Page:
4 Reasons Why Your E-Commerce Supply Chain Doesn’t Work
The e-commerce train has left the station – are you on track or stuck behind because you can’t afford the ticket?
It is almost a given today that in order to thrive in this economy you must have an e-commerce supply chain up and running. The majority of businesses have some type of e-commerce supply chain, but many report that their return on investment is break-even at best. But the whole e-commerce boom was supposed to bring prosperity to everyone in the supply chain – what happened?
If you are struggling to find value in your e-commerce supply chain, look closely at these problems and see if any sound familiar:
- System cannot scale to meet demand – your supply chain was built around an established set of brick and mortar destinations with scheduled deliveries and replenishment practices. The e-commerce supply chain has a new set of delivery expectations and different replenishment processes that has put a strain on your supply chain that was not anticipated.
- Price transparency took away your advantage – if your supply chain was built around delivering products based solely around price, serious challenges arise in the world of e-commerce because comparisons are far too easy and consumers now look for total value including availability, service, convenience along with price.
- Warehouses are not designed to serve – carefully evaluate how your warehouse network is designed. Some distributors and wholesalers have found valid reasons to create a separate distribution network for e-commerce fulfillment while keeping the traditional channel distribution intact. Inventory management, packing, and replenishment can all change dramatically in an e-commerce operation. While there are sound ways to integrate both into one operation, it is important to carefully plan and design a system that can accommodate the needs of both channels.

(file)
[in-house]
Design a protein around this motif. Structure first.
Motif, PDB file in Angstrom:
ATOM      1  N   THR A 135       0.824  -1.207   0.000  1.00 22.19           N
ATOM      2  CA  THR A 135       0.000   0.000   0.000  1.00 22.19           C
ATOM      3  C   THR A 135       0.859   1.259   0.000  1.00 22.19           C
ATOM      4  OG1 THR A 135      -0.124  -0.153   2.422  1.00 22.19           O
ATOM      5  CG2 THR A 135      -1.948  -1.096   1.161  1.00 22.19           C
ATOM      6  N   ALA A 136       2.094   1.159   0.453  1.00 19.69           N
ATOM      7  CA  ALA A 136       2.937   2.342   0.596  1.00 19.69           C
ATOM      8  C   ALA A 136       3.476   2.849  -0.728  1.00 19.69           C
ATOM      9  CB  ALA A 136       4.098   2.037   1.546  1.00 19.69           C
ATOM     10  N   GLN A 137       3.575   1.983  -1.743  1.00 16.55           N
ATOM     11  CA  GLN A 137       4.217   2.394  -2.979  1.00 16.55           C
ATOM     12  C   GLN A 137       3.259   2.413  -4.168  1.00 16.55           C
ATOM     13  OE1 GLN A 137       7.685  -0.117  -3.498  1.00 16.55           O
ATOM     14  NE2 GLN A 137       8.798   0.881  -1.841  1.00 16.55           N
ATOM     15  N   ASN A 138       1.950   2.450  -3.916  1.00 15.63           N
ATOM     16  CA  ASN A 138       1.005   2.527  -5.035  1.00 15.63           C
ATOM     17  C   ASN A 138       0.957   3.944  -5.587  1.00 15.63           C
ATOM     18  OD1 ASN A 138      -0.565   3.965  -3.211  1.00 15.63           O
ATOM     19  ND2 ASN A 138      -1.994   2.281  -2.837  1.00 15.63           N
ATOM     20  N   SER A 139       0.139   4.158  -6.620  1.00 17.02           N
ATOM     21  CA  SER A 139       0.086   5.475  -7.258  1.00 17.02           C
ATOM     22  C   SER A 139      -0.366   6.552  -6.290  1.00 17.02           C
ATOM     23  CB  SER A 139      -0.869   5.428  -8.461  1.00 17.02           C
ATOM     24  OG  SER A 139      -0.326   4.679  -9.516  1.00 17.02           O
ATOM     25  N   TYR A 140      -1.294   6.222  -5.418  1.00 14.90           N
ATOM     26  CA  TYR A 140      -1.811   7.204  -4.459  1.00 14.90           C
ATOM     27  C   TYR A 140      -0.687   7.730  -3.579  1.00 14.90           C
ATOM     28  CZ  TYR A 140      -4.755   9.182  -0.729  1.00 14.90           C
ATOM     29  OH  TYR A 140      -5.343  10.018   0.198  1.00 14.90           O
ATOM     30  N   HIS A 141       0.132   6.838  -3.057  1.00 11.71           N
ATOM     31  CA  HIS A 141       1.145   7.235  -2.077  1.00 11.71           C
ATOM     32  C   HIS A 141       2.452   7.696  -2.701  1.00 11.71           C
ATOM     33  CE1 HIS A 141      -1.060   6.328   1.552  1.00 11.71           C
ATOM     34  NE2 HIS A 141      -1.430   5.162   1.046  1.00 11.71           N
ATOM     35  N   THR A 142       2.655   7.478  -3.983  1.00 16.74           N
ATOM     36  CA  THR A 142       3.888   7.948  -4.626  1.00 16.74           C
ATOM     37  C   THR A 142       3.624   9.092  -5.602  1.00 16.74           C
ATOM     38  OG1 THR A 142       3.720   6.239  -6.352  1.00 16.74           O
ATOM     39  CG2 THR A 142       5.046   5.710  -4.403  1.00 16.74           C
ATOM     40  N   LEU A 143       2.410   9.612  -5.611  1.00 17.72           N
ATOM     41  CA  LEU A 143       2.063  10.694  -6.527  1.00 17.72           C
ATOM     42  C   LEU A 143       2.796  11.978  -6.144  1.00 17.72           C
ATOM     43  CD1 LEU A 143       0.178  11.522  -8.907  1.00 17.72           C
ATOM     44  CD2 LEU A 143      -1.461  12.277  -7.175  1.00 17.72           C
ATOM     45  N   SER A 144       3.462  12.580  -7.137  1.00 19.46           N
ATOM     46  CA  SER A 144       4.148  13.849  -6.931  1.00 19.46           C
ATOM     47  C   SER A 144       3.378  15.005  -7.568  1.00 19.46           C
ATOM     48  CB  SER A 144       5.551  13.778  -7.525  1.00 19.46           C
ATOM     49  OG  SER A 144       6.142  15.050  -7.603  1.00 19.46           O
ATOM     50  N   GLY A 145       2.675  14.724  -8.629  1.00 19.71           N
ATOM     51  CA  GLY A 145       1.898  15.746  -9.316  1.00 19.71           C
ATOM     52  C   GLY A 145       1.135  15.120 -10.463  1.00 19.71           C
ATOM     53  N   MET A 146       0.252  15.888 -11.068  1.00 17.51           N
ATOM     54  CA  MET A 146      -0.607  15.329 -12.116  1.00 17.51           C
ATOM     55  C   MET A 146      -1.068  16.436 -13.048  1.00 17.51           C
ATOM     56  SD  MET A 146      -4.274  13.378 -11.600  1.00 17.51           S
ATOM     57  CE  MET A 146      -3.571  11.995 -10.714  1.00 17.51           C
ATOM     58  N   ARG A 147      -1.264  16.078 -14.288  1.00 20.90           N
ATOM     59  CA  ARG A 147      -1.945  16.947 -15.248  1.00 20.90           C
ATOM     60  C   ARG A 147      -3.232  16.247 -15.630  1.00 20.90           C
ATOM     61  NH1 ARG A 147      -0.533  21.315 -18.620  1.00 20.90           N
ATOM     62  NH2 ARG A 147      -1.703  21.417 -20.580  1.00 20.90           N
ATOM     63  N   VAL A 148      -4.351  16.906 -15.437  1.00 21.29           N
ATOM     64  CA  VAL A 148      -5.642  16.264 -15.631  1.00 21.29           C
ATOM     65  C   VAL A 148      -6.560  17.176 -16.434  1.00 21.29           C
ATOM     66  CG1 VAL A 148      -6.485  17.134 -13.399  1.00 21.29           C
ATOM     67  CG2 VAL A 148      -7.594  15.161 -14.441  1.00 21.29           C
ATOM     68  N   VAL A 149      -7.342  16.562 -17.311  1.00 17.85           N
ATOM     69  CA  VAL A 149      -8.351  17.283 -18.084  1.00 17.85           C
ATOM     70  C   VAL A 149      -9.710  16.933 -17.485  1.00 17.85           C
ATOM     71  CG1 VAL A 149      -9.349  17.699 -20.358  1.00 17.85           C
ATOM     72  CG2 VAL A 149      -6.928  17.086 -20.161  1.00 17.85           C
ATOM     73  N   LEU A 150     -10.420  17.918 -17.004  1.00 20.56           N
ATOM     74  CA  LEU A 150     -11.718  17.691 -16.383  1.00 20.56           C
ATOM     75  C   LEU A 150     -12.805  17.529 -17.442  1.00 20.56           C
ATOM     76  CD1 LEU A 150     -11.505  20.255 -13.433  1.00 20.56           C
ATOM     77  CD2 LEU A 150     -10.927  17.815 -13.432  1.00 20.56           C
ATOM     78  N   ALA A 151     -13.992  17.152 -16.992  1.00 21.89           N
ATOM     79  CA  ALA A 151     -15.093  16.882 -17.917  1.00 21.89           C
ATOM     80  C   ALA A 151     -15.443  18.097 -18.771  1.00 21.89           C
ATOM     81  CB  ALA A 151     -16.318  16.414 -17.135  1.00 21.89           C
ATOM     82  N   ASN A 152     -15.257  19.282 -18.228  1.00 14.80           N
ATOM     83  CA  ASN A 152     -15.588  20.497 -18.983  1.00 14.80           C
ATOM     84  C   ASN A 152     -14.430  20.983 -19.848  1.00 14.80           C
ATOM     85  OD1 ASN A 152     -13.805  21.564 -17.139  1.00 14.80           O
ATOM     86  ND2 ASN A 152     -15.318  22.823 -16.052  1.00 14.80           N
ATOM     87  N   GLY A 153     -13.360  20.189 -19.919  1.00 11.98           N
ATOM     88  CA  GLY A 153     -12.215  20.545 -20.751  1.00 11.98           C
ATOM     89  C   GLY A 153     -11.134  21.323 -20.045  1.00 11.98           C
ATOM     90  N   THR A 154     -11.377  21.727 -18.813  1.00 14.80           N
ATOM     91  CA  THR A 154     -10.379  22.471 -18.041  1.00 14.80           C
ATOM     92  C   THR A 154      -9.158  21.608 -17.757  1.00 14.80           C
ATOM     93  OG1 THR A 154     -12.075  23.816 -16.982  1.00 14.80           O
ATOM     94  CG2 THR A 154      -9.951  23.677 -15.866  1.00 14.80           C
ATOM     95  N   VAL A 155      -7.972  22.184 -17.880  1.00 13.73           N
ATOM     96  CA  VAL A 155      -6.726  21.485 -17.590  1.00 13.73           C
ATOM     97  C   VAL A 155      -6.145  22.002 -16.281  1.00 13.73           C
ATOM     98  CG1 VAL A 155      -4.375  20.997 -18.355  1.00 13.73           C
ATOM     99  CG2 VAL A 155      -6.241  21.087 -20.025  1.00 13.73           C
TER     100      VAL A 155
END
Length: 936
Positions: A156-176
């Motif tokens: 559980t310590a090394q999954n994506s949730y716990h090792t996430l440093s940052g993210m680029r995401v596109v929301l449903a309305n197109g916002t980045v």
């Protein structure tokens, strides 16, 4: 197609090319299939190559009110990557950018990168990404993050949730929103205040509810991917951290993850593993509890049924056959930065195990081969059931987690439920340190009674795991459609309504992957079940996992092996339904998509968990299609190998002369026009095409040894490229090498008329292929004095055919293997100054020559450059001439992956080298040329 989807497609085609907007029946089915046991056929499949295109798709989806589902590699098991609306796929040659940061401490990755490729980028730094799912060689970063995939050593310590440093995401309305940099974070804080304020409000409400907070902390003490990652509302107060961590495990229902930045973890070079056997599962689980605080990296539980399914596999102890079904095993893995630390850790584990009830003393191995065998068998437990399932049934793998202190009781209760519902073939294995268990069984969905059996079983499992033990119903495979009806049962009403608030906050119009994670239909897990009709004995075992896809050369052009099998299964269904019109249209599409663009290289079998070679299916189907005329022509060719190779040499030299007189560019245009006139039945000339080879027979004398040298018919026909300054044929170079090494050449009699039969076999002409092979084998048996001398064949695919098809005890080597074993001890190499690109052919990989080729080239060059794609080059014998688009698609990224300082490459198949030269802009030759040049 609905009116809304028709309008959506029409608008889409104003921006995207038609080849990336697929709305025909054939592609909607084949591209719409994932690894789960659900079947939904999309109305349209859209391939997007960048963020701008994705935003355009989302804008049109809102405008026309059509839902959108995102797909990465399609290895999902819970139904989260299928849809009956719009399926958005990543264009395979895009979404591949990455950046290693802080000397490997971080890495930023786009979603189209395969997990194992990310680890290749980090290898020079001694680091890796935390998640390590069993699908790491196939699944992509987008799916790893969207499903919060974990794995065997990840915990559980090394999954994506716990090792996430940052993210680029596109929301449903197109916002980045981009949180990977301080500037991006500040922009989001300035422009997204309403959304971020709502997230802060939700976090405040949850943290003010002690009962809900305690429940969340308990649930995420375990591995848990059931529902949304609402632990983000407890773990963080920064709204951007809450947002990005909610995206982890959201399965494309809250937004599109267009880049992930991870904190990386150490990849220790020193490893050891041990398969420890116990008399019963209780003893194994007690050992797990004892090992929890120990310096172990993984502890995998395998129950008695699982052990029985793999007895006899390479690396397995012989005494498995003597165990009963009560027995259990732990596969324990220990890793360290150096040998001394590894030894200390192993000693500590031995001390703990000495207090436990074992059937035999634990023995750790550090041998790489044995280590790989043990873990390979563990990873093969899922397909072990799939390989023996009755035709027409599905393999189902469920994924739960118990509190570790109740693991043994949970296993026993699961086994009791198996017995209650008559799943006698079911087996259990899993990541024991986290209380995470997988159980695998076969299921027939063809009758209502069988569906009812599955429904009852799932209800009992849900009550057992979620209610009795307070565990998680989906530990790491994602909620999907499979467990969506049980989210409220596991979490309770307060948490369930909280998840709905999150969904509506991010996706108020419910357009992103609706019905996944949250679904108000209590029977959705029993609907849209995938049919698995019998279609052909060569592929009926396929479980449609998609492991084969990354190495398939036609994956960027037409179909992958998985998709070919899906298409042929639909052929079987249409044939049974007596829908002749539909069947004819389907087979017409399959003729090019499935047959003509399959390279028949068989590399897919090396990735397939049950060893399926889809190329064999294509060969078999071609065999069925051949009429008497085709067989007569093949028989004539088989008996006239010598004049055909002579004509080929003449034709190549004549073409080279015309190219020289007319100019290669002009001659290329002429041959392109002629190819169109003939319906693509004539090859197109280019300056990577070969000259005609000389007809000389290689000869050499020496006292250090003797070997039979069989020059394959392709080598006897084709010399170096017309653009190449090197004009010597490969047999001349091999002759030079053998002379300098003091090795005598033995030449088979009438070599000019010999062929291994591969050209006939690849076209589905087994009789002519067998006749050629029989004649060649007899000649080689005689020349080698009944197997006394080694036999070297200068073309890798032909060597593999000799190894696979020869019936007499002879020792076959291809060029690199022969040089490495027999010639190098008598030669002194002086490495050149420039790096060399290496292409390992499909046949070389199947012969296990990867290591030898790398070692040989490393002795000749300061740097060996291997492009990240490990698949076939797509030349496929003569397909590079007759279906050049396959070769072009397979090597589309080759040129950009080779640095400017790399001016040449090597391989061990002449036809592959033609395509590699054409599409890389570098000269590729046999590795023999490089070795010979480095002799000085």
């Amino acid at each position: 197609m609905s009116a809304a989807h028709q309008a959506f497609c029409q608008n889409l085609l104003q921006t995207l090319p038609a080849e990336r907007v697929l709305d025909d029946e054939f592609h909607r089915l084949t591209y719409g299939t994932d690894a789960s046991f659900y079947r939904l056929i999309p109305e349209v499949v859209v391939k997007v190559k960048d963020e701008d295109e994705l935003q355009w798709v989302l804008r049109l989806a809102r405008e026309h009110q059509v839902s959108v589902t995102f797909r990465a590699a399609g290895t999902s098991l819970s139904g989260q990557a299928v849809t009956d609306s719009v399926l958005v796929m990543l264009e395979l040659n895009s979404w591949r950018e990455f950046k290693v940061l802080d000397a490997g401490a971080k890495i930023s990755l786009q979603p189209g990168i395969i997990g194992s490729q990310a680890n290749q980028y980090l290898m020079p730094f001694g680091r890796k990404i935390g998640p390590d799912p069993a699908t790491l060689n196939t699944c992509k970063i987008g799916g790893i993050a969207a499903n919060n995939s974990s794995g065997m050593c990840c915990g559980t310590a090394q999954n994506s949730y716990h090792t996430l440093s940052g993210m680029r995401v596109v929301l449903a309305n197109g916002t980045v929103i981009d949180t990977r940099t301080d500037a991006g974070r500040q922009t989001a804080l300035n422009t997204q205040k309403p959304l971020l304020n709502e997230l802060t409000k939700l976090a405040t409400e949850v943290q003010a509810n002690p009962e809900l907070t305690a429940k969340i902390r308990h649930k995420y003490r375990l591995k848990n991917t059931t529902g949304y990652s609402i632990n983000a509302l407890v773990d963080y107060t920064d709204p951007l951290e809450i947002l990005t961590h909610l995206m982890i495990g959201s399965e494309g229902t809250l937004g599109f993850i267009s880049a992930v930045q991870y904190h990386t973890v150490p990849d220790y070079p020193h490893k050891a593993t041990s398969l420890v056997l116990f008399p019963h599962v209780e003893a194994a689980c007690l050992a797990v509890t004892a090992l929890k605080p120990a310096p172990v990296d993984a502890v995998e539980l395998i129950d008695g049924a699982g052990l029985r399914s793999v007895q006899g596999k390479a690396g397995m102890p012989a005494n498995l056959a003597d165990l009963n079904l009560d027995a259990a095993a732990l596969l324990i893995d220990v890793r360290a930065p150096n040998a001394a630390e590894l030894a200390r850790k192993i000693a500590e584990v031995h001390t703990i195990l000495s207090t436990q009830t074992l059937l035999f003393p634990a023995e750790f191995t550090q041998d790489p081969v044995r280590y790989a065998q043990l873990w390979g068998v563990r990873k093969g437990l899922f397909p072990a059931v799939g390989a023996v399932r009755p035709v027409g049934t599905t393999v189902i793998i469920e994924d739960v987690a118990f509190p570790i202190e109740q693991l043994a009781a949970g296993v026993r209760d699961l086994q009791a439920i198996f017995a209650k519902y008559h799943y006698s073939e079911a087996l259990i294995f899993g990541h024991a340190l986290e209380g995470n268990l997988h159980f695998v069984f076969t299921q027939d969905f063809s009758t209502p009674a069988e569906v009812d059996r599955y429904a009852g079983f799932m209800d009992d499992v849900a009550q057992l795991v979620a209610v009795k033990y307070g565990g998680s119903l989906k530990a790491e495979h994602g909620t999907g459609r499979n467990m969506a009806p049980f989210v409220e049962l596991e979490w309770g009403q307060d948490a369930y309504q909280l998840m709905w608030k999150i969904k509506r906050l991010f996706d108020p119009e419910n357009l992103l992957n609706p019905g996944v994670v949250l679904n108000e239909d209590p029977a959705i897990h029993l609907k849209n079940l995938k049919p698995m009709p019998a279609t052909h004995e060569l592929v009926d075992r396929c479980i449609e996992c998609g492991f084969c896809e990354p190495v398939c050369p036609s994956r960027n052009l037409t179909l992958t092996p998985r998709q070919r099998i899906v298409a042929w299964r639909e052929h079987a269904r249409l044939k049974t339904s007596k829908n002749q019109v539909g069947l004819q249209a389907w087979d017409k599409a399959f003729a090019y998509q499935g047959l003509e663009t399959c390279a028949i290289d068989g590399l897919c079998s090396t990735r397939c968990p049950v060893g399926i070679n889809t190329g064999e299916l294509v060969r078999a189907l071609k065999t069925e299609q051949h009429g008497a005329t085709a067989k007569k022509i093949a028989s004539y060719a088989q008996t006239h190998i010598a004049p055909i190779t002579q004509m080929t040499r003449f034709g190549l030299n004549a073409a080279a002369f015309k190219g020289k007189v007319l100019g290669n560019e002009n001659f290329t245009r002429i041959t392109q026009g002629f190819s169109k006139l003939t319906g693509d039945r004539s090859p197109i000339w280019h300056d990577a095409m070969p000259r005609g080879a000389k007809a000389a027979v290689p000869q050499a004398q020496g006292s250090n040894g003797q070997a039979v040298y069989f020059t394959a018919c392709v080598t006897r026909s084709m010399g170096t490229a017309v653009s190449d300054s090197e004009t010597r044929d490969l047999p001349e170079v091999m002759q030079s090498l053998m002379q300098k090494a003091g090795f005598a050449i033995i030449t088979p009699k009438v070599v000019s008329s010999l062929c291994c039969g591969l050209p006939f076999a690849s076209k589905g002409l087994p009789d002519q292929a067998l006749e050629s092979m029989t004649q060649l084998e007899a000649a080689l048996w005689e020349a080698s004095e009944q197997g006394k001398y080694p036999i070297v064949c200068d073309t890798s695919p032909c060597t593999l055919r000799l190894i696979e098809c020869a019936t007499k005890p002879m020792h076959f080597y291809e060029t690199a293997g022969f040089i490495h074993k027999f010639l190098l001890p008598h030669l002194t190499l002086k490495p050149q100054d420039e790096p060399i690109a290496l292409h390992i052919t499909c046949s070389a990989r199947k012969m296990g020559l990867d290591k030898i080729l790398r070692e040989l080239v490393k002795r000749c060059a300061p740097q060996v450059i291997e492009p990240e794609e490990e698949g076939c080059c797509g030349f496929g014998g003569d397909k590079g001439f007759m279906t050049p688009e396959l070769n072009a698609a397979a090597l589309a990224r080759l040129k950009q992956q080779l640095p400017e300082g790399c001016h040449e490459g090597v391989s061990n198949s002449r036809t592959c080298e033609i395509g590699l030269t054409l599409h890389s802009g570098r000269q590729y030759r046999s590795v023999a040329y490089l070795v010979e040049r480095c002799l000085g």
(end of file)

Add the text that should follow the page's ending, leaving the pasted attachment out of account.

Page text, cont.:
- Shipping costs have gone out of control – almost without warning shipping expenses from e-commerce transactions can escalate. The destinations vary, packages are smaller/more frequent and the service levels may cause an increase in shipping and transport expenses. A careful review of your carrier agreements should be part of your e-commerce planning process, with renegotiation of the transportation provider contracts if needed.
If your supply chain is struggling to integrate e-commerce and still meet profit expectations, you should carefully consider a supply chain assessment from the professionals at TMG. The experience and skills from TMG will help you to identify key metrics that point out areas of opportunity and then analyze options to enhance your e-commerce supply chain for maximum efficiency and return on investment.
What challenges are you seeing with balancing e-commerce vs. your brick and mortar business?
We would love to hear from you!